Architects have expressed concerns over the viability of the Green Deal, part of the government’s Energy Bill which will receive its second reading in the House of Lords on 22 December.
The Green Deal will see homes and businesses retrofitted to increase energy efficiency, potentially creating huge opportunities for the construction industry, but many feel the scheme is not being properly funded.
Bill Gething of Architecture + Sustainability said: ‘There is a vast amount of work, it would be stupid for the industry to ignore it.’ However, he added that although large-scale developments might attract architects, work on residential properties would not be viable. He said: ‘It will be difficult to make domestic retrofitting stack up financially.’
The viability of retrofitting residential properties was also questioned by Rory Bergin, Head of Sustainability and Innovation at HTA Architects. He said: ‘It will only work on a large scale – hundreds of residents in an area working in agreement [to retrofit their homes].’ He added: ‘The success of the scheme depends on the government bringing together both groups: contractors and residents.’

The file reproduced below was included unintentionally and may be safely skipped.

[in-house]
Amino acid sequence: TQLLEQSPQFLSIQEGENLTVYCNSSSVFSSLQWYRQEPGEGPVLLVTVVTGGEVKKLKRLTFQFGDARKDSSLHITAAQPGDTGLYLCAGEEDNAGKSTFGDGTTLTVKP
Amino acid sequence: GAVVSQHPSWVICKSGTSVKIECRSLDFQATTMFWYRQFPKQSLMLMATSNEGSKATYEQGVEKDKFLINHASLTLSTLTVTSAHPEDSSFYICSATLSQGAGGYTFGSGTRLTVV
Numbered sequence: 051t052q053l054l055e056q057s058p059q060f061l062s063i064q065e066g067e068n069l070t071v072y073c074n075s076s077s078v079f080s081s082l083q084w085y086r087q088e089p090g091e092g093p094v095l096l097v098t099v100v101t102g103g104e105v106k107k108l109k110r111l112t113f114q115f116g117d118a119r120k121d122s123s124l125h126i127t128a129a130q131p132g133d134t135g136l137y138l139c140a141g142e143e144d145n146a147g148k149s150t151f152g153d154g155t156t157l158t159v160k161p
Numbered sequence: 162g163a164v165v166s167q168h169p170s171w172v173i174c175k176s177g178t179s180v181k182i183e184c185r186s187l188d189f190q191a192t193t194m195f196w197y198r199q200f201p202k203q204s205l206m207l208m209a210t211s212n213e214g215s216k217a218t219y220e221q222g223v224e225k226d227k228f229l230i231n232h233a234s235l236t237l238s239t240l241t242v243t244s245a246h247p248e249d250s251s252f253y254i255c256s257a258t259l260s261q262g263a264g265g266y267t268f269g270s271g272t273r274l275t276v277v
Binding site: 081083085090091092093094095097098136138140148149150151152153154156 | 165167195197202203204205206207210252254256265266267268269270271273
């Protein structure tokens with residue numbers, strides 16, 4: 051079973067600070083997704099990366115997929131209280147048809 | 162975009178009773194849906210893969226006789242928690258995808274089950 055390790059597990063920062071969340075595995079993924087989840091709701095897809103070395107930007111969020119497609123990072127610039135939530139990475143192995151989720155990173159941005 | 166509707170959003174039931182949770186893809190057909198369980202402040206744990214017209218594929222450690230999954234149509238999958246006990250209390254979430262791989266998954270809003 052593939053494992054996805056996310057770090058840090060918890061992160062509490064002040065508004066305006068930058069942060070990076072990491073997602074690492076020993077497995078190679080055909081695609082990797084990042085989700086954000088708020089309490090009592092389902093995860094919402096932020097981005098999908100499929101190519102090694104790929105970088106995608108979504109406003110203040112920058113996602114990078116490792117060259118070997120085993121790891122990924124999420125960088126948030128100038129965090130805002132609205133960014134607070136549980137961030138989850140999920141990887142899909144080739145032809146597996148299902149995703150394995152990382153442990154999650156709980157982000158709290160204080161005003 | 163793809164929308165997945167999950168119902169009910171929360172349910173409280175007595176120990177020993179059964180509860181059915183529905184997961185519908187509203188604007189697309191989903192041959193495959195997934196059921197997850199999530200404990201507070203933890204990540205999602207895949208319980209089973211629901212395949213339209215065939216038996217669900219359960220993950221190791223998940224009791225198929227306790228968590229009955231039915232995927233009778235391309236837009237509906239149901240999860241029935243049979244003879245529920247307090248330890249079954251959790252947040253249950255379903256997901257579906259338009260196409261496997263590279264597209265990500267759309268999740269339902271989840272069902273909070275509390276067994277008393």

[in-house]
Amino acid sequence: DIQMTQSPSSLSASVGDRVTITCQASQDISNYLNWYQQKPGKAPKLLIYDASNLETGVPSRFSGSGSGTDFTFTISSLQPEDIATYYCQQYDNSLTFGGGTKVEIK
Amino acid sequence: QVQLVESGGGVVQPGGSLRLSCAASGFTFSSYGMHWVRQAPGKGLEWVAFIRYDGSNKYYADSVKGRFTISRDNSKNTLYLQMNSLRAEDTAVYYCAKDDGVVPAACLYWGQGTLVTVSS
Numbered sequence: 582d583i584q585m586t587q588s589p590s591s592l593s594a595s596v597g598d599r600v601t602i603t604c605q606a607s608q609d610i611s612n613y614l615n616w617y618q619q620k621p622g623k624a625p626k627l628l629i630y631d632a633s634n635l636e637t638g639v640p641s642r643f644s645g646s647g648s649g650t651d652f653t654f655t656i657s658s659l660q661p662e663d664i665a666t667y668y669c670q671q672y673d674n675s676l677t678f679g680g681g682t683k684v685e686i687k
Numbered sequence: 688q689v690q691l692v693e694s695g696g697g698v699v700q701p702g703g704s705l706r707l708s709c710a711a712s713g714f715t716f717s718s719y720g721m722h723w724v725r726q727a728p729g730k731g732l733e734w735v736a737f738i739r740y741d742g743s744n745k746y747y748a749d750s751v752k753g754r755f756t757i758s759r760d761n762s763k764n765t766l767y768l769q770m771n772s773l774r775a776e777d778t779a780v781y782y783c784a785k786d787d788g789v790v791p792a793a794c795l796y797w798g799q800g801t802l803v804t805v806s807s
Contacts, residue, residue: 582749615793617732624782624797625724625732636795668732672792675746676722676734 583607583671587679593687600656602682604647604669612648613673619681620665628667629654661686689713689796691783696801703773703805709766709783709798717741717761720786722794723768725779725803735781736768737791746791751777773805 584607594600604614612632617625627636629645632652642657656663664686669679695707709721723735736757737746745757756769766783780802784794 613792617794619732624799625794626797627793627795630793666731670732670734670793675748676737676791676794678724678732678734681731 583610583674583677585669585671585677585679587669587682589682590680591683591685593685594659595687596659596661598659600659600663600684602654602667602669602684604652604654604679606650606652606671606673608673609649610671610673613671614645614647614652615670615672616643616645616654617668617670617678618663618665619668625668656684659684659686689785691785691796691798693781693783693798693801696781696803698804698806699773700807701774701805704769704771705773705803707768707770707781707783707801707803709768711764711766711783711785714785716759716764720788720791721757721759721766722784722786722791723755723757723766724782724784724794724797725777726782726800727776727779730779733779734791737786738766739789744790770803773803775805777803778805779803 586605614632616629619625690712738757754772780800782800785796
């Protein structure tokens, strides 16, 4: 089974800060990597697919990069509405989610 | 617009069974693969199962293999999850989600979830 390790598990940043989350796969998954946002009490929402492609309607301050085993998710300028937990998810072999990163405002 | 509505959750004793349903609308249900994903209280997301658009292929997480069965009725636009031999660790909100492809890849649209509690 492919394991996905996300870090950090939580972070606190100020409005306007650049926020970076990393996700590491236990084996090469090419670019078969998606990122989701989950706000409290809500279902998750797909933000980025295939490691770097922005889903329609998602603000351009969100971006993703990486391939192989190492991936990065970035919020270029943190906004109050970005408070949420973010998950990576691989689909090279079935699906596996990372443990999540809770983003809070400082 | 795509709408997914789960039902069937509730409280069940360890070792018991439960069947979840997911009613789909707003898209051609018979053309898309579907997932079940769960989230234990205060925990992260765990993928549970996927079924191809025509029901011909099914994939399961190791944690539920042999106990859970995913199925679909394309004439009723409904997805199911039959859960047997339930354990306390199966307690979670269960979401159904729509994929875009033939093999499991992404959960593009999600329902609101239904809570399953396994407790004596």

With a lack of funding to entice professional architects and builders into the scheme, there are fears that a lot of the domestic retrofitting could end up in the hands of ‘cowboy builders’. Richard Diment, Director General of the Federation of Master Builders said: ‘There is evidence in the country of rogue traders, basically criminals in many cases, capitalizing [on the Green Deal] before the scheme even exists.’
The government has announced a system of accreditation that will ensure that work only goes to trained and competent industry workers. But this brings its own difficulties. ‘The government needs to define core competencies, and how these competencies are assessed,’ said Mr Diment. ‘There is a lot of work to be done in the next fifteen months before the scheme can go live.’